Talk to the Veterans Crisis Line now
U.S. flag
An official website of the United States government

VA Health Systems Research

Go to the VA ORD website
Go to the QUERI website

HSR Citation Abstract

Search | Search by Center | Search by Source | Keywords in Title

Comparable Minimally Important Differences and Responsiveness of Brief Pain Inventory and PEG Pain Scales across 6 Trials.

Reed DE, Stump TE, Monahan PO, Kroenke K. Comparable Minimally Important Differences and Responsiveness of Brief Pain Inventory and PEG Pain Scales across 6 Trials. The journal of pain. 2024 Jan 1; 25(1):142-152.

Dimensions for VA is a web-based tool available to VA staff that enables detailed searches of published research and research projects.

If you have VA-Intranet access, click here for more information

VA staff not currently on the VA network can access Dimensions by registering for an account using their VA email address.
   Search Dimensions for VA for this citation
* Don't have VA-internal network access or a VA email address? Try searching the free-to-the-public version of Dimensions


The 3-item pain intensity (P), interference with the enjoyment of life (E), and interference with general activity (G), or PEG, has become one of the most widely used measures of pain severity and interference. The minimally important differences (MID) and responsiveness of the PEG are essential metrics for solidifying its role in research and clinical care. The current study aims to establish the MID and responsiveness of the PEG by synthesizing data from 1,710 participants across 6 controlled trials. MIDs were estimated using absolute score changes among individuals reporting their pain was "a little better" on a retrospective global change anchor as well as distribution-based estimates using standard deviation thresholds and 1 and 2 standard errors of measurement. Responsiveness was assessed using standardized response means, area under the curve, and treatment effect sizes. MID estimates for the PEG ranged from 0.60 to 1.1 when using 0.35 SD, and 0.78 to 1.22 using 1 standard error of measurement. MID estimates using the global anchor had somewhat more variability but most estimates ranged from 1.0 to 1.75. Responsiveness effect sizes were generally large ( > .80) for standardized response means and moderate ( > .50) for treatment effect. Similarly, the most area under the curve values demonstrated an acceptable level of scale responsiveness ( .70). Importantly, MID estimates and responsiveness of the PEG and BPI scales were largely comparable when aggregating data across trials. Our synthesis indicates that 1 point is a reasonable MID estimate on these 0- to 10-point pain scales, with 2 points being an upper bound. PERSPECTIVE: This article synthesizes data from 6 clinical trials to establish the minimally important difference (MID) and responsiveness of the 3-item PEG pain scale. The PEG demonstrated good responsiveness, and 1 to 2 points proved to be reasonable estimates for the lower and upper bounds of the MID.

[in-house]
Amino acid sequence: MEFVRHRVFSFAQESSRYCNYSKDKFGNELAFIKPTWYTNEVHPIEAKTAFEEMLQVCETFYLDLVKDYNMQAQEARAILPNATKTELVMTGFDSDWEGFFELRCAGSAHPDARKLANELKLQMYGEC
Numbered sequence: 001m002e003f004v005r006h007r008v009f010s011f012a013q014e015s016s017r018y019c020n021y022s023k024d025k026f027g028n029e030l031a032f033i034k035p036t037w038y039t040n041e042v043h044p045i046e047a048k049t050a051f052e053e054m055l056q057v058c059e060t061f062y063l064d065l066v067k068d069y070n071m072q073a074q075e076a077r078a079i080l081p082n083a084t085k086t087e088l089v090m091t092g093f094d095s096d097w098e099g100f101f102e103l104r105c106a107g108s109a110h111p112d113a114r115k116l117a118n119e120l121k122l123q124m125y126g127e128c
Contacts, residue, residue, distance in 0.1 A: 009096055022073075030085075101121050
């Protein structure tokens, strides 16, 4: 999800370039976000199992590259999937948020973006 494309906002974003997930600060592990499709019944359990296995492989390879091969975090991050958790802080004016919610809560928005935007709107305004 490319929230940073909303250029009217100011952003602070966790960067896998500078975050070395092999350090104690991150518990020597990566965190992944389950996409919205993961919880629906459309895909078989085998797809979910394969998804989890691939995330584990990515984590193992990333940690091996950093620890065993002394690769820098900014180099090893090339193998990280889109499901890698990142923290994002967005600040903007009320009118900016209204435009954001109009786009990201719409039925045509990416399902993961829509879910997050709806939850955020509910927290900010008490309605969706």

Questions about the HSR website? Email the Web Team

Any health information on this website is strictly for informational purposes and is not intended as medical advice. It should not be used to diagnose or treat any condition.